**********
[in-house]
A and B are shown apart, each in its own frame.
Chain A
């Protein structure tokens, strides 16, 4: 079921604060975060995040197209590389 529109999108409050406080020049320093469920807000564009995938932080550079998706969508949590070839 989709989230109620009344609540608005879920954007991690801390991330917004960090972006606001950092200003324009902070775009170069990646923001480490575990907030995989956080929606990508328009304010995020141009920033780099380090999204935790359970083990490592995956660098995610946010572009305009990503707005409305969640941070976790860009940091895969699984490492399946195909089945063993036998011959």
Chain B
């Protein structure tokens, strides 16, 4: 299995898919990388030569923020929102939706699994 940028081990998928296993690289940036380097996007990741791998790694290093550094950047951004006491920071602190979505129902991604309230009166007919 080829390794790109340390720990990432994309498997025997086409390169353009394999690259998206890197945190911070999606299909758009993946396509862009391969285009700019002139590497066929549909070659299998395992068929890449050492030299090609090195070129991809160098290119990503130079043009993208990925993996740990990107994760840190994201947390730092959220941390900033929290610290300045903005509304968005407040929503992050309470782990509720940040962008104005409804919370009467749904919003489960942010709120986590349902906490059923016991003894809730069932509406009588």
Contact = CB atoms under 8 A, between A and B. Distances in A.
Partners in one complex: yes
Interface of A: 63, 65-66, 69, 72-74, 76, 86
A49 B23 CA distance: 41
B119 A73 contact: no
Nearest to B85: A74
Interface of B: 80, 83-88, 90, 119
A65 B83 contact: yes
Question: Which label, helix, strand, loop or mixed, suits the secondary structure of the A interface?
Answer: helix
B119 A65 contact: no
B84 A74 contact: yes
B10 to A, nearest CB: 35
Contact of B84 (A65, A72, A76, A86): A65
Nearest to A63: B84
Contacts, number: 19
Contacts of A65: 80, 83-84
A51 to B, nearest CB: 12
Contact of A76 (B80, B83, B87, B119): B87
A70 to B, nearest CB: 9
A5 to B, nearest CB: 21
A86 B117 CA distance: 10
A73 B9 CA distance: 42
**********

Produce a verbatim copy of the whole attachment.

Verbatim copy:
[in-house]
A and B are shown apart, each in its own frame.
Chain A
């Protein structure tokens, strides 16, 4: 079921604060975060995040197209590389 529109999108409050406080020049320093469920807000564009995938932080550079998706969508949590070839 989709989230109620009344609540608005879920954007991690801390991330917004960090972006606001950092200003324009902070775009170069990646923001480490575990907030995989956080929606990508328009304010995020141009920033780099380090999204935790359970083990490592995956660098995610946010572009305009990503707005409305969640941070976790860009940091895969699984490492399946195909089945063993036998011959």
Chain B
């Protein structure tokens, strides 16, 4: 299995898919990388030569923020929102939706699994 940028081990998928296993690289940036380097996007990741791998790694290093550094950047951004006491920071602190979505129902991604309230009166007919 080829390794790109340390720990990432994309498997025997086409390169353009394999690259998206890197945190911070999606299909758009993946396509862009391969285009700019002139590497066929549909070659299998395992068929890449050492030299090609090195070129991809160098290119990503130079043009993208990925993996740990990107994760840190994201947390730092959220941390900033929290610290300045903005509304968005407040929503992050309470782990509720940040962008104005409804919370009467749904919003489960942010709120986590349902906490059923016991003894809730069932509406009588």
Contact = CB atoms under 8 A, between A and B. Distances in A.
Partners in one complex: yes
Interface of A: 63, 65-66, 69, 72-74, 76, 86
A49 B23 CA distance: 41
B119 A73 contact: no
Nearest to B85: A74
Interface of B: 80, 83-88, 90, 119
A65 B83 contact: yes
Question: Which label, helix, strand, loop or mixed, suits the secondary structure of the A interface?
Answer: helix
B119 A65 contact: no
B84 A74 contact: yes
B10 to A, nearest CB: 35
Contact of B84 (A65, A72, A76, A86): A65
Nearest to A63: B84
Contacts, number: 19
Contacts of A65: 80, 83-84
A51 to B, nearest CB: 12
Contact of A76 (B80, B83, B87, B119): B87
A70 to B, nearest CB: 9
A5 to B, nearest CB: 21
A86 B117 CA distance: 10
A73 B9 CA distance: 42